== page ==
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Evangelization does not stop at the church door

Jeff Andrini is evangelizing, energizing and inviting others to share God’s good news
Oct. 28, 1988.
Twenty-five years ago, Jeff Andrini had a conversion experience at an unlikely venue — a Van Halen concert at Milwaukee’s Bradley Center.
Jeff, then a senior at Marquette University, had turned away from God and questioned his Catholic faith. In the words of the Van Halen song, he had tuned in to all the world has to offer — partying, poor relationships with women, failing grades, bad choices.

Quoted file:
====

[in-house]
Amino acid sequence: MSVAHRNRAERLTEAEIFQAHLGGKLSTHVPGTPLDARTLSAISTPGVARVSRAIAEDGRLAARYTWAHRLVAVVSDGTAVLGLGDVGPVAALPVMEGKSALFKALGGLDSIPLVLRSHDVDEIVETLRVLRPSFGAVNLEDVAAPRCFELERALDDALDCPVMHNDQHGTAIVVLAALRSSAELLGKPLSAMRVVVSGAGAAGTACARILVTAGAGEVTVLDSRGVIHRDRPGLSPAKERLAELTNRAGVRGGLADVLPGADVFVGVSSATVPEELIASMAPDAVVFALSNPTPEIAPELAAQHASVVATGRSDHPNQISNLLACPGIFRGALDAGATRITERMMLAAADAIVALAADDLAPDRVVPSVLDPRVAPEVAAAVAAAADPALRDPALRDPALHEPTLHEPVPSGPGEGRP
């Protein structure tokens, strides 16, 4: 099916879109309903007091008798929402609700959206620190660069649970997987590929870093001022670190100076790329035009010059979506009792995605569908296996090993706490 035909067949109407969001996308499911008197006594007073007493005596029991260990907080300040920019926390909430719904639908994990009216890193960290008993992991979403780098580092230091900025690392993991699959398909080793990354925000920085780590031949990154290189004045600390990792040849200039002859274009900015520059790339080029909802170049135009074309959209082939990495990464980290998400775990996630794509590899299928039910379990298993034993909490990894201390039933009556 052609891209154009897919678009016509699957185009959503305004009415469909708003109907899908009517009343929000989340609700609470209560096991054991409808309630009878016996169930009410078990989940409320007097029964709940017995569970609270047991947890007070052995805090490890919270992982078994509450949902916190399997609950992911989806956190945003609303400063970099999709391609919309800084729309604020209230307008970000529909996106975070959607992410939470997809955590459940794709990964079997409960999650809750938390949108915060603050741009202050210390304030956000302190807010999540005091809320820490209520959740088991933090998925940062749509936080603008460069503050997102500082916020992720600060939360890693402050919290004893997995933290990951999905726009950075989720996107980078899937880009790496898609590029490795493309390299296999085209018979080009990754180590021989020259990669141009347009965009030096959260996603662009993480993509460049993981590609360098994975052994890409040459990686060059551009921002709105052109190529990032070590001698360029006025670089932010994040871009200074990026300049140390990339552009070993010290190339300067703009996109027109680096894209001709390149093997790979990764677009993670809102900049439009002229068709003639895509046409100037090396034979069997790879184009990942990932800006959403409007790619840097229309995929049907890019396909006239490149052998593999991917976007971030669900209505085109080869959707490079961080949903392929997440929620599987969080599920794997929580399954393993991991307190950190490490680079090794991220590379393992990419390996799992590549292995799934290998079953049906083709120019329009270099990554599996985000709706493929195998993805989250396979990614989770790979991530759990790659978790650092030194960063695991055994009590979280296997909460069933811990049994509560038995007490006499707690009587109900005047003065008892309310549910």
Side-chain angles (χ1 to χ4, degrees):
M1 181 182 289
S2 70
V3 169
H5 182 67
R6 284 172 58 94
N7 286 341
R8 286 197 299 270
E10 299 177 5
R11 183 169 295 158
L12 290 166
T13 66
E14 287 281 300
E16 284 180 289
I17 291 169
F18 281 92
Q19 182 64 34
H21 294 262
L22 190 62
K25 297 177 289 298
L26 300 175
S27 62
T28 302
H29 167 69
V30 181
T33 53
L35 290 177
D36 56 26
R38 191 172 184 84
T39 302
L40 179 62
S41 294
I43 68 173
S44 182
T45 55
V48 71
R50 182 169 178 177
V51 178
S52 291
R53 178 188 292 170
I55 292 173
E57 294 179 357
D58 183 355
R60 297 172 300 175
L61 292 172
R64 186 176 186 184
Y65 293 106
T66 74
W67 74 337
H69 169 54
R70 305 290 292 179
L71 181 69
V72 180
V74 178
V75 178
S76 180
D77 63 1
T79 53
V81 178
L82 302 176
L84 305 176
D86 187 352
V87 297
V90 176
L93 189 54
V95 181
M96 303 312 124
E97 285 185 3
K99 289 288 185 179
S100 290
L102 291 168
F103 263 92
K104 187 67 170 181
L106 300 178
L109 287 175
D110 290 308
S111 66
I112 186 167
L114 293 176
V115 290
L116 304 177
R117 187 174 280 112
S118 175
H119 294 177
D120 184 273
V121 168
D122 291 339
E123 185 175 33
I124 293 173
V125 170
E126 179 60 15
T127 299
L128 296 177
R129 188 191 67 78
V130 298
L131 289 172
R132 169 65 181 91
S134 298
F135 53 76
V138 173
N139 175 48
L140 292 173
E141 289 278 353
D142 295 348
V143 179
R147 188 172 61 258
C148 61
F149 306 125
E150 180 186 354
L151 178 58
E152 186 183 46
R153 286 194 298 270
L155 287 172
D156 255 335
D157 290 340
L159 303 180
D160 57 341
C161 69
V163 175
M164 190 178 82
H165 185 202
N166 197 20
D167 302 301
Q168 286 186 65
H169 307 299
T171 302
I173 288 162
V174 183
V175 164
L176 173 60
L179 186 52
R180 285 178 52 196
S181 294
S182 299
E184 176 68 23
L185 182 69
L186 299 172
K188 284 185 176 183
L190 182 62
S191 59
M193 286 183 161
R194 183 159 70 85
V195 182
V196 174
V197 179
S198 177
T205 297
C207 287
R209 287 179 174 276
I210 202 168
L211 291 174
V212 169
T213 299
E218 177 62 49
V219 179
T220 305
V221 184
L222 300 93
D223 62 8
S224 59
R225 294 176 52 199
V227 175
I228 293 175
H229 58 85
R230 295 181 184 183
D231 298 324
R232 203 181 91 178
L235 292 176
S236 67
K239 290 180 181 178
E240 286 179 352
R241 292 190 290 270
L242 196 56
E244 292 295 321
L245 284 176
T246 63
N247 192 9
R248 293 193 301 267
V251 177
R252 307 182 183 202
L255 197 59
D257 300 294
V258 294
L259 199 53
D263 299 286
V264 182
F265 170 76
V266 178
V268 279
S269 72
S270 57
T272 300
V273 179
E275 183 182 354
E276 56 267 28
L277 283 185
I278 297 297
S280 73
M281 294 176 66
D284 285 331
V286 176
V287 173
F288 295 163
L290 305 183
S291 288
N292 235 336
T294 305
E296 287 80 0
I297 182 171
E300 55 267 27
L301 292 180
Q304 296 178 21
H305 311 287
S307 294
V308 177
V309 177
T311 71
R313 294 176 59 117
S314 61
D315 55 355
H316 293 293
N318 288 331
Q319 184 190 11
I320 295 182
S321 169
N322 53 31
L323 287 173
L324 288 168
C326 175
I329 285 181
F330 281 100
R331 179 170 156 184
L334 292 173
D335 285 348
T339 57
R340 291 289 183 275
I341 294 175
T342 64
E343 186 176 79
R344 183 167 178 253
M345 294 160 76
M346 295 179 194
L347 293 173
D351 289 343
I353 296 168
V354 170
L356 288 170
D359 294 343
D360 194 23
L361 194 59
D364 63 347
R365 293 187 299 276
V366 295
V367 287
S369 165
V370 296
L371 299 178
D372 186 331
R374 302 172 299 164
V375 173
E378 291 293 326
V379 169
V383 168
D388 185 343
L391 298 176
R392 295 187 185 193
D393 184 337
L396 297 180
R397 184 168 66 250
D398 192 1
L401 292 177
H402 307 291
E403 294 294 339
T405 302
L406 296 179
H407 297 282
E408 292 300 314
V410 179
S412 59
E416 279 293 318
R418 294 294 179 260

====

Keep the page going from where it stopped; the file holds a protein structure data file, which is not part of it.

Halfway through the concert, a song began with the lyrics, “I don’t know what I am living on, but it’s not enough to fill me up” and further it said, “you do not have to die to go to heaven, just tune into what this world has to offer.”
The emptiness of his life hit him: “I’m entering a world and what I’m getting is a living hell. What I’m missing is God,” he recalls.
At that moment the thought went through his mind,
“Do you see how clearly you’re seeing the truth?”
And, for the next 10 seconds, the near-sighted Jeff, who had a $22 ticket in the nosebleed section, could see the beads of sweat on the band members’ foreheads. “It was a powerful moment,” says Jeff.
That night, he uncharacteristically dropped his friends off at a bar and drove his signature VW van straight home. “I said, ‘God, if what I experienced tonight was real and what I’m missing in my life is you, I want to know it. It was just stopping in my tracks and turning toward God,” he recalls.